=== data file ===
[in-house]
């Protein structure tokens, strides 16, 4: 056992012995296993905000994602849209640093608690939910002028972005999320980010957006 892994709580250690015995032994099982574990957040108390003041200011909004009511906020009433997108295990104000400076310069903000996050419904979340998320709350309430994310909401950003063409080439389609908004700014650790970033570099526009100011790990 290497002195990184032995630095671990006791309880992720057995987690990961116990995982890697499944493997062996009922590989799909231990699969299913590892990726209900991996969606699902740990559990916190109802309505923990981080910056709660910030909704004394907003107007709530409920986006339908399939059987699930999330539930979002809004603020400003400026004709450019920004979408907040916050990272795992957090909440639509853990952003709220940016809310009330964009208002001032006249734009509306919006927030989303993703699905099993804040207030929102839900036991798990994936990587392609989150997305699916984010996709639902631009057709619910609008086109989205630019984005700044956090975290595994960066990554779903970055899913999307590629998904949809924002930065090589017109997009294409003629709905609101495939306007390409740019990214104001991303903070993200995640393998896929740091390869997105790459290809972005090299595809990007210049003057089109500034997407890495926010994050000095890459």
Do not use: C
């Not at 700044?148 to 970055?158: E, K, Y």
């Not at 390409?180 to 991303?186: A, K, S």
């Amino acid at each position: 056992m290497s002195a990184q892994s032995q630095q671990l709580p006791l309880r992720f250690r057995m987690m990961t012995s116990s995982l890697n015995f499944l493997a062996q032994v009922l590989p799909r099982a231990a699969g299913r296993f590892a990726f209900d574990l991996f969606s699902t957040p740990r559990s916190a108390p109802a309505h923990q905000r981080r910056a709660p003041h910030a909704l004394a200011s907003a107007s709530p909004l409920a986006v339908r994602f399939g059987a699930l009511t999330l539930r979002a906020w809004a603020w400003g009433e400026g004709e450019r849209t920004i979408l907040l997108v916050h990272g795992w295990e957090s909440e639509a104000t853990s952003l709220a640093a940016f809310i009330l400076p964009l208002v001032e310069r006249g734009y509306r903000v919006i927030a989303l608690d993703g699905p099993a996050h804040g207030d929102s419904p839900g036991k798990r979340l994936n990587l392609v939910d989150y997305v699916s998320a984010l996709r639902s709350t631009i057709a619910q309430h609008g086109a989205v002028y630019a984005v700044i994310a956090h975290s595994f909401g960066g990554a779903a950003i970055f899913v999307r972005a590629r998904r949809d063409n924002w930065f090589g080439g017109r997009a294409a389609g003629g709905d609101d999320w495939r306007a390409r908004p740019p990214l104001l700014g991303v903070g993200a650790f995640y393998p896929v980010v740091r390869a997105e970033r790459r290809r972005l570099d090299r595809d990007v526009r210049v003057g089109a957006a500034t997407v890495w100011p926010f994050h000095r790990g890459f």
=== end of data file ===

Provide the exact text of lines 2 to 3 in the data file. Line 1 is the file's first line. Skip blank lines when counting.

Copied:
């Protein structure tokens, strides 16, 4: 056992012995296993905000994602849209640093608690939910002028972005999320980010957006 892994709580250690015995032994099982574990957040108390003041200011909004009511906020009433997108295990104000400076310069903000996050419904979340998320709350309430994310909401950003063409080439389609908004700014650790970033570099526009100011790990 290497002195990184032995630095671990006791309880992720057995987690990961116990995982890697499944493997062996009922590989799909231990699969299913590892990726209900991996969606699902740990559990916190109802309505923990981080910056709660910030909704004394907003107007709530409920986006339908399939059987699930999330539930979002809004603020400003400026004709450019920004979408907040916050990272795992957090909440639509853990952003709220940016809310009330964009208002001032006249734009509306919006927030989303993703699905099993804040207030929102839900036991798990994936990587392609989150997305699916984010996709639902631009057709619910609008086109989205630019984005700044956090975290595994960066990554779903970055899913999307590629998904949809924002930065090589017109997009294409003629709905609101495939306007390409740019990214104001991303903070993200995640393998896929740091390869997105790459290809972005090299595809990007210049003057089109500034997407890495926010994050000095890459």
Do not use: C